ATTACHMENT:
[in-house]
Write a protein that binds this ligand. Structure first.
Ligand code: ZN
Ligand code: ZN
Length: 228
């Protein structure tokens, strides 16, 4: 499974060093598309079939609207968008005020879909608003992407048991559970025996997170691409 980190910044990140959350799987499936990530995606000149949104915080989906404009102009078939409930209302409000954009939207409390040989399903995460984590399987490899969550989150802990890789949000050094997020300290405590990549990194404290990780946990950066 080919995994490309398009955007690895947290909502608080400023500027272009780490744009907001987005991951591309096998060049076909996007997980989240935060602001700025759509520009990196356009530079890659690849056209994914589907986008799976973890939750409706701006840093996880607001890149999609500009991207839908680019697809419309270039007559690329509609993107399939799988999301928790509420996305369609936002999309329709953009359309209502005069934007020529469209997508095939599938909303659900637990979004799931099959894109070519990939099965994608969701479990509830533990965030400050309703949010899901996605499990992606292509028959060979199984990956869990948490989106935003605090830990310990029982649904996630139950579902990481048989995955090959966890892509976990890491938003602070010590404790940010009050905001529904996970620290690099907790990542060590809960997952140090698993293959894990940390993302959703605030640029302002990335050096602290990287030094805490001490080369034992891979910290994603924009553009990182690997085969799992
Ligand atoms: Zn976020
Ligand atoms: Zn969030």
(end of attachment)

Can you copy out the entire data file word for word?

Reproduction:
[in-house]
Write a protein that binds this ligand. Structure first.
Ligand code: ZN
Ligand code: ZN
Length: 228
């Protein structure tokens, strides 16, 4: 499974060093598309079939609207968008005020879909608003992407048991559970025996997170691409 980190910044990140959350799987499936990530995606000149949104915080989906404009102009078939409930209302409000954009939207409390040989399903995460984590399987490899969550989150802990890789949000050094997020300290405590990549990194404290990780946990950066 080919995994490309398009955007690895947290909502608080400023500027272009780490744009907001987005991951591309096998060049076909996007997980989240935060602001700025759509520009990196356009530079890659690849056209994914589907986008799976973890939750409706701006840093996880607001890149999609500009991207839908680019697809419309270039007559690329509609993107399939799988999301928790509420996305369609936002999309329709953009359309209502005069934007020529469209997508095939599938909303659900637990979004799931099959894109070519990939099965994608969701479990509830533990965030400050309703949010899901996605499990992606292509028959060979199984990956869990948490989106935003605090830990310990029982649904996630139950579902990481048989995955090959966890892509976990890491938003602070010590404790940010009050905001529904996970620290690099907790990542060590809960997952140090698993293959894990940390993302959703605030640029302002990335050096602290990287030094805490001490080369034992891979910290994603924009553009990182690997085969799992
Ligand atoms: Zn976020
Ligand atoms: Zn969030």